Planning for a career after grad school is a major source of stress for graduate students. It can be particularly opaque or frightening for those of us who are considering careers outside the professorate. The Graduate Resource Center is here to help UNM graduate students explore and prepare for the myriad of professions available, whether they are in government, non-profits, or the private sector. We strongly encourage all graduate students to think early and often about their career trajectories.
What can we do for graduates? We offer support in several different areas for all graduate students, regardless of discipline. For those students who are thinking about non-academic possibilities, we provide a safe place for career path advisement designed to help you explore various career options and what they entail. For students actively seeking a position, we can also assist with the job search. We are available to look over résumés, curricula vitae, application letters, LinkedIn profiles, or other materials you are preparing. The GRC also provides tips and strategies for marketing yourself, and the numerous skills you develop in graduate programs, in a way that maximizes your impact on the non-academic market. Even if you are certain that academia is right for you, we offer advice on ways to productively supplement your academic career journey. We also offer workshops as part of the GRC’s regular schedule, available here.
For Graduate Students
The GRC welcomes anyone interested in Non-Academic careers to schedule a one-on-one consultation with one of our consultants. You can schedule a half-hour or one-hour appointment by calling (505) 277-1407 or by visiting us at Mesa Vista Hall suite 1057. Find us here.
For Faculty and Departments
The GRC is also available to support faculty and departments in discussing the Non-Academic career world. On request, we can provide workshops or course visits for your students, as well as supply resources on the job search, career paths, and mentoring. We are also happy to speak with faculty who have students interested in non-academic career paths and would like support on how to better mentor their students. For more information, or to schedule our services, please contact us at (505) 277-1407.
- For help with planning for a post-graduate career, see L. Maren Wood, The PhD’s Guide to a Nonfaculty Job Search, Chronicle of Higher Education.
- For assessments of the skills and experience you gain in graduate programs, see National Postdoctoral Association, Core Competencies.
- For general support and commentary on a nontraditional career, see Alt-Ac Advisor.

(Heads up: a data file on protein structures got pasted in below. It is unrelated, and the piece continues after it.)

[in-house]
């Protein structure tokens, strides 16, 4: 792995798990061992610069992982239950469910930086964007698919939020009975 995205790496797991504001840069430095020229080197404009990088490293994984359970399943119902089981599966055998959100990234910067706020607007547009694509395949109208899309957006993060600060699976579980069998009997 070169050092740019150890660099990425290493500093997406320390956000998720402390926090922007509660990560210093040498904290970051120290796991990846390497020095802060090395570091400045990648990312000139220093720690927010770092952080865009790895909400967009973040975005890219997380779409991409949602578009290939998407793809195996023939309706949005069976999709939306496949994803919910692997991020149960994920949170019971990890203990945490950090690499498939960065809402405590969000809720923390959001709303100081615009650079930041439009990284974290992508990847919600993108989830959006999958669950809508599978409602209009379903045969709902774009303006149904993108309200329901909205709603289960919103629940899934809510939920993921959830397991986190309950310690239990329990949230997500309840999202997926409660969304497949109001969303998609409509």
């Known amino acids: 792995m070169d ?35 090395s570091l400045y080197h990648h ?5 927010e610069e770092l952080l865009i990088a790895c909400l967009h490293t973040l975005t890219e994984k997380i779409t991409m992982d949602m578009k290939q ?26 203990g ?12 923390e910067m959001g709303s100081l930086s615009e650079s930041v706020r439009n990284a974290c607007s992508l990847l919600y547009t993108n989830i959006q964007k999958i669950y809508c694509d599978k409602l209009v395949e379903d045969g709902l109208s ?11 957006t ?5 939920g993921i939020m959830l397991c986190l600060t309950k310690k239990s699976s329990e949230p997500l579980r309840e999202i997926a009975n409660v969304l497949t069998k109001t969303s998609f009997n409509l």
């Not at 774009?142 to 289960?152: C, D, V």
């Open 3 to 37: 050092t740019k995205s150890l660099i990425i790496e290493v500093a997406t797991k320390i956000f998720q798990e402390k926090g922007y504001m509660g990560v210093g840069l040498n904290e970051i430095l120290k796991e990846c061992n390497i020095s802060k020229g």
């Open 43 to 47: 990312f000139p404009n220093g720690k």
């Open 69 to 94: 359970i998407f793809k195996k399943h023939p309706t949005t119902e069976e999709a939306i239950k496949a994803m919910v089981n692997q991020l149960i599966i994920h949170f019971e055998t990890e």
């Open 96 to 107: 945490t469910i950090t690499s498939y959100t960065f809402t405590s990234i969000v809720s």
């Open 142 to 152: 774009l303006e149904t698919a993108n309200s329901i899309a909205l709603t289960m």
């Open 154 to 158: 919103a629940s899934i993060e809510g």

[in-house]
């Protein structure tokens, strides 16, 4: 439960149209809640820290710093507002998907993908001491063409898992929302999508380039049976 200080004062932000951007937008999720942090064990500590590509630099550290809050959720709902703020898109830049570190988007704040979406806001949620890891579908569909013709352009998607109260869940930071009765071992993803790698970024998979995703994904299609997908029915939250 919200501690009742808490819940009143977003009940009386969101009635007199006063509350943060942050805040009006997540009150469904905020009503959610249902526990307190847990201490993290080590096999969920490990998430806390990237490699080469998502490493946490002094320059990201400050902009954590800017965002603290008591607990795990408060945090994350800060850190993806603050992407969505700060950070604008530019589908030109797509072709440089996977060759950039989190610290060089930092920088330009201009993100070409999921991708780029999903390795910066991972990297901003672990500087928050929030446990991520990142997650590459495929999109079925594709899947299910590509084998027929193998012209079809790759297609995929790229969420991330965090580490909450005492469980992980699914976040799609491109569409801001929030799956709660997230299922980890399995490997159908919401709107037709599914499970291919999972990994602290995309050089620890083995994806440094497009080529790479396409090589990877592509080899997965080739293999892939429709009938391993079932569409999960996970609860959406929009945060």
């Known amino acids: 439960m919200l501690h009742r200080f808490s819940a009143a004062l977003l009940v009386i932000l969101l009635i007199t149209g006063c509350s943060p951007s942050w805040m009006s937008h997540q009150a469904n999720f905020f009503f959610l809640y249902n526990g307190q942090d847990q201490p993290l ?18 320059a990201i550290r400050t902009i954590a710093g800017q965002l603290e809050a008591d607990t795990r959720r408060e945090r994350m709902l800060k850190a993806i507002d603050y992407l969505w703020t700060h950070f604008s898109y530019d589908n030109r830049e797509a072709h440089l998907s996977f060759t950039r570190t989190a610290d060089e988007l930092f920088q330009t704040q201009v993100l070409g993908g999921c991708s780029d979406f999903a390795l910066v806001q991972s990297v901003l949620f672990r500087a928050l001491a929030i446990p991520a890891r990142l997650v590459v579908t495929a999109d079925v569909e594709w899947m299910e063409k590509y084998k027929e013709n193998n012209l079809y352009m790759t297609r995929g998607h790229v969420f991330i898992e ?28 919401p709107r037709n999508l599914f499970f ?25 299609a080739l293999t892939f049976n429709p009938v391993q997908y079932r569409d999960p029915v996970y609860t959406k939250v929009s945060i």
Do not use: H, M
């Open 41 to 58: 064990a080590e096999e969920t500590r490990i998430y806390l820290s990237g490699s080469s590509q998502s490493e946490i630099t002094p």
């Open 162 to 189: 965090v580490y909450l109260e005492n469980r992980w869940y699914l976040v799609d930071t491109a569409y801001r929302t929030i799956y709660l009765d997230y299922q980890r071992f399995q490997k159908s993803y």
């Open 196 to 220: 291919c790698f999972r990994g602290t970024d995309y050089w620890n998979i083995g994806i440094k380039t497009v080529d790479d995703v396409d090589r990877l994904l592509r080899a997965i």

- For general support and commentary on a nontraditional career, see The Professor Is In.
- For examples of alternative career paths, see McGill University, Non-Academic Careers.
- For effective networking tips and approaches, see Sabine Hikel, 5 Networking Strategies.
- For a guide to training and professionalization in grad school, see Grad Student Professional Development Guide.
- For an explanation of how to write job application materials, see Matthew Yepez, The Job Search: Resumes and CVs.
- For a host of tips and examples from successful graduates, see Beyond the Professoriate (Subscription required).
- For more advice from the Beyond the Professoriate developers, see From PHD To Life website.
- For Resume construction templates, see Resume Genius (Subscription required).
Humanities, Arts, Social Sciences Resources
- For development of a career path and personal assessments in the Humanities and Social Sciences, see ImaginePhD.
- For examples of where graduates go after their PhD, see PHD Placement Project blogs, Chronicle of Higher Education.
- For links to organizations adjacent to academia, see Christopher Martiniano, Further Professional Resources for PhDs to Network Their Skills Outside the Academy, Connected Academics.
- For a conversation on versatile PhDs and life after academia, see Rebecca Tuhus-Dubrow, The Repurposed PhD.
- For an example of managing the job market, see Jeffrey Weingarten, Tell Yourself a Different Story: An Essay on Surviving the Job Market.
- For help managing your career path, see Bethany Nowviskie, Negotiating your Alternative Academic Appointment.
- For statistical evidence and analysis on post-doc opportunities, see Katina Rogers, Humanities Unbound.
- For examples of alternative careers, see GradSchools.com, Careers and Jobs with a Master’s in Fine Arts.
- For tips on developing your career path, see Association of Departments of English, Developing a Nonacademic Career.
- For development of a career path and personal assessments in the Sciences and Engineering, see MyIDP.
- For help assessing your skills, see So You Think you Have Skills Science Magazine.
- For advisement on the job search, see Laura Bonetta, Advancing in Industry: Choosing Among Many Paths Science Magazine.
- For statistical evidence on jobs outside academia, see American Institutes for Research, The Nonacademic Careers of STEM PHD Holders.
- For analysis of STEM job outcomes, see American Institutes for Research, Leaving STEM: STEM Ph.D. Holders in Non-STEM Careers.
- For more examples of alternative careers in STEM, see Arunodoy Sur, Top 10 List of Alternative Careers for PhD Science Graduates.
- For a variety of reports on careers, see National Academies of Sciences, Engineering, & Medicine, Career Guides.